Sunsets, no guarantee of a sunrise in your new unit - the importance of a sunset date when buying off-the-plan

With the tightening of lending conditions, confidence in the housing market falling and a large number of developments in the pipeline, there poses great opportunity but also risk when buying a unit off-the-plan. Whilst there is of course the attractiveness of living in something “new”, with modern appliances and furnishings and living close to shops, cafes and other amenities, how long would you be willing to wait for your unit to be built?

For many developments, banks (as part of their lending conditions) require the developer to obtain a certain number of pre-sales. This means that part of the development will need to be sold before construction commences. Whilst this may not be an initial concern for most buyers there lies an obvious risk in that the developer may have difficulties obtaining the requisite number of pre-sales and the construction of the development is delayed as a result.

To accommodate the risk of a delay, whether due to funding or the construction itself, developers will include a provision in the contract to allow for the developer to extend the anticipated date of completion (usually tied to the registration of the units plan) at its discretion. The obvious consequence for buyers then is that they may be bound to a contract under which the construction of their unit may not commence or be completed for a number of years, despite there being initial timeframes stated in the contract.

To be able to “opt out” of the contract in such circumstances, buyers should ensure a sunset date is included in the contract. A sunset date gives both parties the right to rescind the contract (and for the return of the deposit) where construction of the development has not been completed by the date specified in the contract. In our experience, such a request is generally accommodated if the sunset date provides the developer a reasonable time to complete the development.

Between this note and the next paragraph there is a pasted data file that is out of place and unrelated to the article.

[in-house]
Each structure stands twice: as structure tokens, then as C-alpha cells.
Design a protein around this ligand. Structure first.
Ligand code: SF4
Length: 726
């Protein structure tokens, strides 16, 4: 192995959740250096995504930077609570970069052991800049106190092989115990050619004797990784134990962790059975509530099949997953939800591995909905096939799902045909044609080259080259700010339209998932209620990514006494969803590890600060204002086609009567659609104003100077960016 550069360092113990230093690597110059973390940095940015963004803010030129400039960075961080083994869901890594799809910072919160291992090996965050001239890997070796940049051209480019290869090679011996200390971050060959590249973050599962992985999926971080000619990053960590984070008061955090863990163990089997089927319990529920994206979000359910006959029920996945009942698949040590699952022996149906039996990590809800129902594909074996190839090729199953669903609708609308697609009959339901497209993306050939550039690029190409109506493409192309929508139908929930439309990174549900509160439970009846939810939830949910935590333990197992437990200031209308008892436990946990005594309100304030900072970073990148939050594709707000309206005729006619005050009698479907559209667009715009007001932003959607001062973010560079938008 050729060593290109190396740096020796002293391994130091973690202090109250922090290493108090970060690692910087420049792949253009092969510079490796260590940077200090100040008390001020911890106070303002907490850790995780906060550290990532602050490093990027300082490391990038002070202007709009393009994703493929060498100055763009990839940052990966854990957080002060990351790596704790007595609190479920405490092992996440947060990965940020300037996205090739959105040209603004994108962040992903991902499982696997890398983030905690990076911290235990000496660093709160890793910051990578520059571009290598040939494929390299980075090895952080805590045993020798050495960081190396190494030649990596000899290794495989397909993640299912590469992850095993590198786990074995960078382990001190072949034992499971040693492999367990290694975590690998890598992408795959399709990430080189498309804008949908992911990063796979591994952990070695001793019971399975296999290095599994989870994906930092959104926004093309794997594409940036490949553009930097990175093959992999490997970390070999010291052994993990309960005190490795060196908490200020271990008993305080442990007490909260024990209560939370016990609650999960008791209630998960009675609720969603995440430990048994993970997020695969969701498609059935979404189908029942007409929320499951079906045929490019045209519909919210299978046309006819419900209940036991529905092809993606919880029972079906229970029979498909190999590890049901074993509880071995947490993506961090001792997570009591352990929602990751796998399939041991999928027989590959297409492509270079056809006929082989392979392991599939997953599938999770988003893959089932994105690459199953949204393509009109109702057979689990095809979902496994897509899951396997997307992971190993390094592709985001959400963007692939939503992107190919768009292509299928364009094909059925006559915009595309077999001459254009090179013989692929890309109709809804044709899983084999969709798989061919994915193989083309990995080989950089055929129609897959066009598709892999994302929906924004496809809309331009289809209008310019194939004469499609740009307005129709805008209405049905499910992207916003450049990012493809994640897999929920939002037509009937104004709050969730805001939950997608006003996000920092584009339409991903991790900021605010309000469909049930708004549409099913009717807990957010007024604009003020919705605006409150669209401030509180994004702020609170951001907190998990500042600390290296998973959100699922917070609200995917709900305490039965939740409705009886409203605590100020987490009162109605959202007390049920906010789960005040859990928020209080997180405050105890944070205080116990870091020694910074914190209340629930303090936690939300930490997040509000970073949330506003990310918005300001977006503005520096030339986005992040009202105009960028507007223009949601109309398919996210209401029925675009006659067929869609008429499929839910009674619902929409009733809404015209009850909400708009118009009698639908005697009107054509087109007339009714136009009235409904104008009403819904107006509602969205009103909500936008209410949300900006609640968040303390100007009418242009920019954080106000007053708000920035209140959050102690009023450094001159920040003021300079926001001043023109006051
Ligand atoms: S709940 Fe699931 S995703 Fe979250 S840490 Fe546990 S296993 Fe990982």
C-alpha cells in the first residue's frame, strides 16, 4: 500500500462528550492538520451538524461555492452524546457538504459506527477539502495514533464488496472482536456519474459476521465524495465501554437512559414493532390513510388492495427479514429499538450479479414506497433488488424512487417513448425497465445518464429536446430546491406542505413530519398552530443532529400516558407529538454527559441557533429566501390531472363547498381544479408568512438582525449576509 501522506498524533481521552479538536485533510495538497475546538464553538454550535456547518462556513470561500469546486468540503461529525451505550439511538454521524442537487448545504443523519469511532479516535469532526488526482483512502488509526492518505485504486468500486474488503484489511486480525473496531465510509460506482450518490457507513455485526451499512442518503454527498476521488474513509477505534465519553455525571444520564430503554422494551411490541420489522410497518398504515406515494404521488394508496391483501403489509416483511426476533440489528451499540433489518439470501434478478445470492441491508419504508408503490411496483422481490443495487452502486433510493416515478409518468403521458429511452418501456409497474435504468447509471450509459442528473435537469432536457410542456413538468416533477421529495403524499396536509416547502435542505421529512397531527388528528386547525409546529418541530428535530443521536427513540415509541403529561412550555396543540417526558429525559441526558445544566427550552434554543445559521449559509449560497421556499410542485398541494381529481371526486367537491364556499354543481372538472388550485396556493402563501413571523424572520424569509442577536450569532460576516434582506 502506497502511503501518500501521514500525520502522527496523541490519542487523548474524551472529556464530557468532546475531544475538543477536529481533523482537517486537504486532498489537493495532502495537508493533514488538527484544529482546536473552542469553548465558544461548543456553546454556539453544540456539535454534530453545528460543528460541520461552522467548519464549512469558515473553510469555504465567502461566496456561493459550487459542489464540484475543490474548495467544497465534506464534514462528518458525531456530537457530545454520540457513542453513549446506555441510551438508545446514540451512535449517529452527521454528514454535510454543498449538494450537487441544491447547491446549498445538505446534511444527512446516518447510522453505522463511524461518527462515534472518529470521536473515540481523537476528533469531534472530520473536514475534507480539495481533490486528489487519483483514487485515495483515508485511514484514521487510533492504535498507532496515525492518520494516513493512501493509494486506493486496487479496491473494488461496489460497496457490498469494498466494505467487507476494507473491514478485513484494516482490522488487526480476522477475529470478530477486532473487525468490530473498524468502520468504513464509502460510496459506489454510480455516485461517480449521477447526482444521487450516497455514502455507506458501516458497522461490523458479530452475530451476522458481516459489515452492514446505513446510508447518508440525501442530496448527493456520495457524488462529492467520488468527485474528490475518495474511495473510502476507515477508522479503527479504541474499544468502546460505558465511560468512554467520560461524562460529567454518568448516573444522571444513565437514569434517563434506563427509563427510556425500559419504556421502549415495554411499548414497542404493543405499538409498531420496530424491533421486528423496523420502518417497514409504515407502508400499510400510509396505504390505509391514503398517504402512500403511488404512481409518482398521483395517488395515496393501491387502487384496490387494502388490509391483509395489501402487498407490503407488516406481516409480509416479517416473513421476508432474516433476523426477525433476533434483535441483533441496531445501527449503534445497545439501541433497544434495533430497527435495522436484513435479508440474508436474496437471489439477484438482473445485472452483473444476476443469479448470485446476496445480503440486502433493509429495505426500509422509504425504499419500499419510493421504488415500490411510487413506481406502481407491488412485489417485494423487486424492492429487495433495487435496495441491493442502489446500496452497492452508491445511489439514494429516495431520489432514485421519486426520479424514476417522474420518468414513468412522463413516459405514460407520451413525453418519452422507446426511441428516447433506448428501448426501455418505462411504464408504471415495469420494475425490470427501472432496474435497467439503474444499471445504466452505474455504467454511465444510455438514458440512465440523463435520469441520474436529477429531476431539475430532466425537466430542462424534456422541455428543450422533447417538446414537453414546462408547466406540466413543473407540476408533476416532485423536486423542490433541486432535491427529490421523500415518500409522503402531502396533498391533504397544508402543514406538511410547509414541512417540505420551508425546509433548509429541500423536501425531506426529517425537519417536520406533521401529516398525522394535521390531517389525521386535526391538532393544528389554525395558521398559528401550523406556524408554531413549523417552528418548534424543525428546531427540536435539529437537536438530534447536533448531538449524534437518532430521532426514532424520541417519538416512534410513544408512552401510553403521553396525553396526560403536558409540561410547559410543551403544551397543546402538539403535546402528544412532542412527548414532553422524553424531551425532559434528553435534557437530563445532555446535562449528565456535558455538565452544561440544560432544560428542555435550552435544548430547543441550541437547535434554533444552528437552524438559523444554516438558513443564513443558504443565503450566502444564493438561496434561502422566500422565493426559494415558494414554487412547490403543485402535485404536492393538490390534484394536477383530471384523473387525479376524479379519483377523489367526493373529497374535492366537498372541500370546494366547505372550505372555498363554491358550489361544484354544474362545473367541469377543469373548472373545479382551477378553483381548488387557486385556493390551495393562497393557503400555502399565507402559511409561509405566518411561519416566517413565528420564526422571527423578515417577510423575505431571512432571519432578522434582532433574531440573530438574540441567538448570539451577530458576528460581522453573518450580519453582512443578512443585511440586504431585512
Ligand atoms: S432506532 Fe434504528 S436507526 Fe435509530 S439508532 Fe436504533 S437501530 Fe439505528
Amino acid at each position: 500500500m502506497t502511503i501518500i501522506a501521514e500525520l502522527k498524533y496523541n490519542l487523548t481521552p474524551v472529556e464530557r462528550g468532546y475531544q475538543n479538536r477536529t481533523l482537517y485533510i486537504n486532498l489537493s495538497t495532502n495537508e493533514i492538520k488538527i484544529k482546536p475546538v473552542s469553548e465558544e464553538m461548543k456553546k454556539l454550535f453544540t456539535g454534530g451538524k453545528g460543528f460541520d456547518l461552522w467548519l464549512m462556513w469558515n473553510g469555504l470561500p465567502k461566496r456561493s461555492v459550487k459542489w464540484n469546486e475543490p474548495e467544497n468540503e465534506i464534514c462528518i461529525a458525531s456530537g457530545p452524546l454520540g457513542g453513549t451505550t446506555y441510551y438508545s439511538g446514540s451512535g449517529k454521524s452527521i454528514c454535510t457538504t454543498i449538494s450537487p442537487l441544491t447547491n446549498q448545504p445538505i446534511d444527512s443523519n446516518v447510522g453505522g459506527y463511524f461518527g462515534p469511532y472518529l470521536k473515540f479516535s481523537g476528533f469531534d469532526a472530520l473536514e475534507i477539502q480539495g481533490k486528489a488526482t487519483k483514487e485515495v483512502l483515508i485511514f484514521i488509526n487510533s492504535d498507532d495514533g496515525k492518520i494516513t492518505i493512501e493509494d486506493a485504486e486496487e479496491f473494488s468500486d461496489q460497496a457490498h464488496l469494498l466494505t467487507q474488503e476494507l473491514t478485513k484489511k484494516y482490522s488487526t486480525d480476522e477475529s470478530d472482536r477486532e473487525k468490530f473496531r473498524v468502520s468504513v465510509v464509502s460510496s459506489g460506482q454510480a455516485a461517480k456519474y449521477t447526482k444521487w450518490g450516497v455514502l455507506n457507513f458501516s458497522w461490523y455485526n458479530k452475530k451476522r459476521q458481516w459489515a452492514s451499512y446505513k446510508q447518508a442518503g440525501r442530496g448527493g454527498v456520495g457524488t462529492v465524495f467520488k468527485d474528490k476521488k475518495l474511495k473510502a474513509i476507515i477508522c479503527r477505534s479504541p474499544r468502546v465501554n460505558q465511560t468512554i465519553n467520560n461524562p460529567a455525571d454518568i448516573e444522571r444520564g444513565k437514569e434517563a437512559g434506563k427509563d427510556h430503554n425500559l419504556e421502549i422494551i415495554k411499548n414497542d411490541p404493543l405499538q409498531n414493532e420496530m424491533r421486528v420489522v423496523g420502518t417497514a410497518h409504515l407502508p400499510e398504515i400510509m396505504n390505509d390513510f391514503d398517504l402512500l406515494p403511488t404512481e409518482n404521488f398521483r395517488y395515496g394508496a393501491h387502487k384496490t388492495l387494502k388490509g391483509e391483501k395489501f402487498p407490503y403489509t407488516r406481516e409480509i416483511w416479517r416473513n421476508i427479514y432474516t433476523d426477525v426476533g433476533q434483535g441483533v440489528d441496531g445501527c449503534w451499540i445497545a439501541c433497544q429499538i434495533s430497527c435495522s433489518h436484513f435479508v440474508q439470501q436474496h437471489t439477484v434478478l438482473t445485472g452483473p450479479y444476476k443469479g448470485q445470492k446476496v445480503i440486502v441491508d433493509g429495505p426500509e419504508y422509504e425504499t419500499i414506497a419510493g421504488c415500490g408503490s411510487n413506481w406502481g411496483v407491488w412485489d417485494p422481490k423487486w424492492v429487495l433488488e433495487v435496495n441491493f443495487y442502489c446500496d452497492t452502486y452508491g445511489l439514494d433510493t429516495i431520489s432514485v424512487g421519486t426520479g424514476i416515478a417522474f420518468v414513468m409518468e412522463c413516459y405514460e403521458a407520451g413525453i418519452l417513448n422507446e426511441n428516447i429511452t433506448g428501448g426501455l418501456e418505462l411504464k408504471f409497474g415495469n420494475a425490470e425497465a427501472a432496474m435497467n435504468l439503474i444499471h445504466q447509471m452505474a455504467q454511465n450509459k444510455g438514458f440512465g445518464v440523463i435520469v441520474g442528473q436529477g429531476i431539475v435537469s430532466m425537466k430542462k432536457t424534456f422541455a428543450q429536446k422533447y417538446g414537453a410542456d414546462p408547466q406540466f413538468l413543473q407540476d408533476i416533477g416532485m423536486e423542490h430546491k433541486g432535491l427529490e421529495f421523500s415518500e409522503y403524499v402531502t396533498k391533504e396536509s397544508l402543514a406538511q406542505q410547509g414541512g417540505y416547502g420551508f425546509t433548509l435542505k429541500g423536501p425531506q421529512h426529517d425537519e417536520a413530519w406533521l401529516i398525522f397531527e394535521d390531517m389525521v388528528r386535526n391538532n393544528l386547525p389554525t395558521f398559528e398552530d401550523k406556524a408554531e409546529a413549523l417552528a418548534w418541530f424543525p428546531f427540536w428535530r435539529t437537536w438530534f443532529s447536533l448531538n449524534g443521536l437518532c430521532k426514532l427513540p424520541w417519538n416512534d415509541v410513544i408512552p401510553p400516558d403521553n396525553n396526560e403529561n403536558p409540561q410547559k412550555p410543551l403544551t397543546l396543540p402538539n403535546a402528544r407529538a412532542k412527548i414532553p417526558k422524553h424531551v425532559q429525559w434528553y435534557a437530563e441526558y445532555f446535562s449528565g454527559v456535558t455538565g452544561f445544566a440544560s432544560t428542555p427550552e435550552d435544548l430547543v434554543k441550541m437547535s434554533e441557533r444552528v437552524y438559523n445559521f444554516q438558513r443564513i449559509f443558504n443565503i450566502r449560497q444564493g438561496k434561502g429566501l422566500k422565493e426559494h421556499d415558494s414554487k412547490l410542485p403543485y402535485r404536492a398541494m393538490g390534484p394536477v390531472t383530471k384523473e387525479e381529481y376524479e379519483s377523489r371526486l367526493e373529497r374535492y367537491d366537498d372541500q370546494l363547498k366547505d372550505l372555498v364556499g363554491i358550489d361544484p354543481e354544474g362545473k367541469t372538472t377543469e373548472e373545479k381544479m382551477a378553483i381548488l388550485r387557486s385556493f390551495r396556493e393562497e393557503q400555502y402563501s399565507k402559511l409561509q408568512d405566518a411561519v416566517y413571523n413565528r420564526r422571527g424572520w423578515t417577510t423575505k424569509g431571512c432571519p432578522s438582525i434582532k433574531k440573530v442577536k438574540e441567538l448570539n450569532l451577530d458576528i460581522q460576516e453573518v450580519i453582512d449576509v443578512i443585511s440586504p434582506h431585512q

The use of a sunset date though is a double edged sword. It poses another issue: what happens if the value of the unit increases and the sunset date passes, should the developer be entitled to rescind the contract to take advantage of the price increase?

This practice has occurred in Victoria and New South Wales, leading to the introduction of legislative restrictions. In NSW, the Conveyancing Amendment (Sunset Clauses) Act 2015 requires developers to seek the buyer’s consent prior to bringing the contract to an end once the sunset date has passed. Where the buyer does not consent, the developer must seek an order from the Supreme Court allowing the developer to rescind the Contract with such orders only being granted if the Court considers it just and equitable to do so. Similar restrictions will be introduced in Victoria under the Sale of Land Amendment Bill 2018 (if passed)

So, will the ACT follow the lead of NSW and Victoria? Or will the ACT follow Queensland and introduce mandatory sunset dates? Whatever the path, clearly the introduction of any such legislative amendments will have a significant impact on both buyers and developers and each should watch this space.